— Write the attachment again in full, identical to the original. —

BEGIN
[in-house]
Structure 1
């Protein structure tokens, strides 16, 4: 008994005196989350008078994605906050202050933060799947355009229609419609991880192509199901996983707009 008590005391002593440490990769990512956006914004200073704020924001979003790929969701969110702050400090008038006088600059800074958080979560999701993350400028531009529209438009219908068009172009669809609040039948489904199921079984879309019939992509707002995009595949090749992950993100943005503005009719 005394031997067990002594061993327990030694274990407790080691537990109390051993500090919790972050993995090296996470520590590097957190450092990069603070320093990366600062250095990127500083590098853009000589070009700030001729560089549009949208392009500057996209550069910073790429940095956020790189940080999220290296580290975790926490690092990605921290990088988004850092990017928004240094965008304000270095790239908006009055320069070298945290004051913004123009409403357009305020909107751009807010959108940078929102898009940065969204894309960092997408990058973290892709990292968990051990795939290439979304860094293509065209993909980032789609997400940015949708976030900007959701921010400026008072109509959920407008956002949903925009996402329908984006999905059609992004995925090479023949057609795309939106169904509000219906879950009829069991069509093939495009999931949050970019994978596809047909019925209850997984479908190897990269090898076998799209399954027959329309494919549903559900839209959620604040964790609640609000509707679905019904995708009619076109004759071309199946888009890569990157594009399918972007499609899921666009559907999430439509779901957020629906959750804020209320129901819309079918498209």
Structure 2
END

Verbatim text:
[in-house]
Structure 1
């Protein structure tokens, strides 16, 4: 008994005196989350008078994605906050202050933060799947355009229609419609991880192509199901996983707009 008590005391002593440490990769990512956006914004200073704020924001979003790929969701969110702050400090008038006088600059800074958080979560999701993350400028531009529209438009219908068009172009669809609040039948489904199921079984879309019939992509707002995009595949090749992950993100943005503005009719 005394031997067990002594061993327990030694274990407790080691537990109390051993500090919790972050993995090296996470520590590097957190450092990069603070320093990366600062250095990127500083590098853009000589070009700030001729560089549009949208392009500057996209550069910073790429940095956020790189940080999220290296580290975790926490690092990605921290990088988004850092990017928004240094965008304000270095790239908006009055320069070298945290004051913004123009409403357009305020909107751009807010959108940078929102898009940065969204894309960092997408990058973290892709990292968990051990795939290439979304860094293509065209993909980032789609997400940015949708976030900007959701921010400026008072109509959920407008956002949903925009996402329908984006999905059609992004995925090479023949057609795309939106169904509000219906879950009829069991069509093939495009999931949050970019994978596809047909019925209850997984479908190897990269090898076998799209399954027959329309494919549903559900839209959620604040964790609640609000509707679905019904995708009619076109004759071309199946888009890569990157594009399918972007499609899921666009559907999430439509779901957020629906959750804020209320129901819309079918498209």
Structure 2